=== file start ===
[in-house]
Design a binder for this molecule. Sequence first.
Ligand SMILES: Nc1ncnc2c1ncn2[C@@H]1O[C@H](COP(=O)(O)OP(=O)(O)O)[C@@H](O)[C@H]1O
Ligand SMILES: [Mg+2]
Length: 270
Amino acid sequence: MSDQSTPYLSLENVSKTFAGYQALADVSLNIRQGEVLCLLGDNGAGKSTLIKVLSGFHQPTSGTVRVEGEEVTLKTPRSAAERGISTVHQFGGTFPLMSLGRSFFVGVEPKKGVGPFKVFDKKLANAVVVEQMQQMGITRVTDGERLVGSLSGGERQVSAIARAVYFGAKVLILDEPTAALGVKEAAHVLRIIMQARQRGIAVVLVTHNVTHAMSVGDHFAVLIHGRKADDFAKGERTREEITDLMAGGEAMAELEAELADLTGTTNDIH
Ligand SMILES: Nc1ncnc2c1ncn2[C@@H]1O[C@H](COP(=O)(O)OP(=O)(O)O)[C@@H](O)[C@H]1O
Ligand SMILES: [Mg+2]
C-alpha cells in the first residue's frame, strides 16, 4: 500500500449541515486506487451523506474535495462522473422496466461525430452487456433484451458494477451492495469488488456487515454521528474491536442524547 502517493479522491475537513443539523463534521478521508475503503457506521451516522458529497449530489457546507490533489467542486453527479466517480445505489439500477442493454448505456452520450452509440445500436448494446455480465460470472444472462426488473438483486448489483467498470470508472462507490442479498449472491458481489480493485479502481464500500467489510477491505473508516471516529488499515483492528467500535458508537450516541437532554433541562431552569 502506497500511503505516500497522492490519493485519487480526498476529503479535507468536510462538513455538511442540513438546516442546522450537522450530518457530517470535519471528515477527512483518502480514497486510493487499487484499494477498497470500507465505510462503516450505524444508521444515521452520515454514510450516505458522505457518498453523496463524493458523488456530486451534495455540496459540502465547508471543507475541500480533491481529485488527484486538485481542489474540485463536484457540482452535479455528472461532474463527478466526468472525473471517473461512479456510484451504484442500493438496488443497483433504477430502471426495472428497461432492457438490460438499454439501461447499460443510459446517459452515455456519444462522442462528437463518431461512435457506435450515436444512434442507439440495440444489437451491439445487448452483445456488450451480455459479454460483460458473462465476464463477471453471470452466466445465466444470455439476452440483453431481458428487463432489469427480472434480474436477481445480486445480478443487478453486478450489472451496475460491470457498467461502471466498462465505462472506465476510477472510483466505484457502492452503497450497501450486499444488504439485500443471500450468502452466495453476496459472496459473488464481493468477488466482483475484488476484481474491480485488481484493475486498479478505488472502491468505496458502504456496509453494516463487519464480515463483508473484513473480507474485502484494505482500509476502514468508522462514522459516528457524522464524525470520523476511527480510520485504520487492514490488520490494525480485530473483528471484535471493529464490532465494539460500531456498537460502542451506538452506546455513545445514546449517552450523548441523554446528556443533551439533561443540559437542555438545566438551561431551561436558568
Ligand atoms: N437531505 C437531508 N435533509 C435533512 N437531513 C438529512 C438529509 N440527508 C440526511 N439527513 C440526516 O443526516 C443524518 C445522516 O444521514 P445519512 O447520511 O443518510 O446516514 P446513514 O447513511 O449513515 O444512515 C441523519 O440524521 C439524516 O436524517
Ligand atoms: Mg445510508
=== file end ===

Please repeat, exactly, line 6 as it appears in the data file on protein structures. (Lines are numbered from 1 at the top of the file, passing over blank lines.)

Amino acid sequence: MSDQSTPYLSLENVSKTFAGYQALADVSLNIRQGEVLCLLGDNGAGKSTLIKVLSGFHQPTSGTVRVEGEEVTLKTPRSAAERGISTVHQFGGTFPLMSLGRSFFVGVEPKKGVGPFKVFDKKLANAVVVEQMQQMGITRVTDGERLVGSLSGGERQVSAIARAVYFGAKVLILDEPTAALGVKEAAHVLRIIMQARQRGIAVVLVTHNVTHAMSVGDHFAVLIHGRKADDFAKGERTREEITDLMAGGEAMAELEAELADLTGTTNDIH